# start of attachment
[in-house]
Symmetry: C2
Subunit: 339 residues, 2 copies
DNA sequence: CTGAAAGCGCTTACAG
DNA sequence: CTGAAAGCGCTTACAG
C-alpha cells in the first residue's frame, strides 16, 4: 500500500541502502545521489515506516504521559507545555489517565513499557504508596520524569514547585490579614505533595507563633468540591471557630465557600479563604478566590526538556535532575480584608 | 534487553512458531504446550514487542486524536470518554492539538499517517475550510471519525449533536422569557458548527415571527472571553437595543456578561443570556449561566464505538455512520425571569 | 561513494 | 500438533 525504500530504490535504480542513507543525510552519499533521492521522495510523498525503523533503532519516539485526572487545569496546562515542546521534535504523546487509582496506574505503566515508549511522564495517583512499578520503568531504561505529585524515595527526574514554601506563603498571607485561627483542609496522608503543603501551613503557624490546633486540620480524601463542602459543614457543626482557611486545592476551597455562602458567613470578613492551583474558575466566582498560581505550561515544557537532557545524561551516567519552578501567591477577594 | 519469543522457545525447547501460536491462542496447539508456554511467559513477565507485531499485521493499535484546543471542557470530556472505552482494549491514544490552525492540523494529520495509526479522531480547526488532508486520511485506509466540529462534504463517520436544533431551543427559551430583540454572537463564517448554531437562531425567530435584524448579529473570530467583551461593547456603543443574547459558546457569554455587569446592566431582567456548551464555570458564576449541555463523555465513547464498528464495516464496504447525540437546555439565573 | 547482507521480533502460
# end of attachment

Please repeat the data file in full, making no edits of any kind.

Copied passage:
[in-house]
Symmetry: C2
Subunit: 339 residues, 2 copies
DNA sequence: CTGAAAGCGCTTACAG
DNA sequence: CTGAAAGCGCTTACAG
C-alpha cells in the first residue's frame, strides 16, 4: 500500500541502502545521489515506516504521559507545555489517565513499557504508596520524569514547585490579614505533595507563633468540591471557630465557600479563604478566590526538556535532575480584608 | 534487553512458531504446550514487542486524536470518554492539538499517517475550510471519525449533536422569557458548527415571527472571553437595543456578561443570556449561566464505538455512520425571569 | 561513494 | 500438533 525504500530504490535504480542513507543525510552519499533521492521522495510523498525503523533503532519516539485526572487545569496546562515542546521534535504523546487509582496506574505503566515508549511522564495517583512499578520503568531504561505529585524515595527526574514554601506563603498571607485561627483542609496522608503543603501551613503557624490546633486540620480524601463542602459543614457543626482557611486545592476551597455562602458567613470578613492551583474558575466566582498560581505550561515544557537532557545524561551516567519552578501567591477577594 | 519469543522457545525447547501460536491462542496447539508456554511467559513477565507485531499485521493499535484546543471542557470530556472505552482494549491514544490552525492540523494529520495509526479522531480547526488532508486520511485506509466540529462534504463517520436544533431551543427559551430583540454572537463564517448554531437562531425567530435584524448579529473570530467583551461593547456603543443574547459558546457569554455587569446592566431582567456548551464555570458564576449541555463523555465513547464498528464495516464496504447525540437546555439565573 | 547482507521480533502460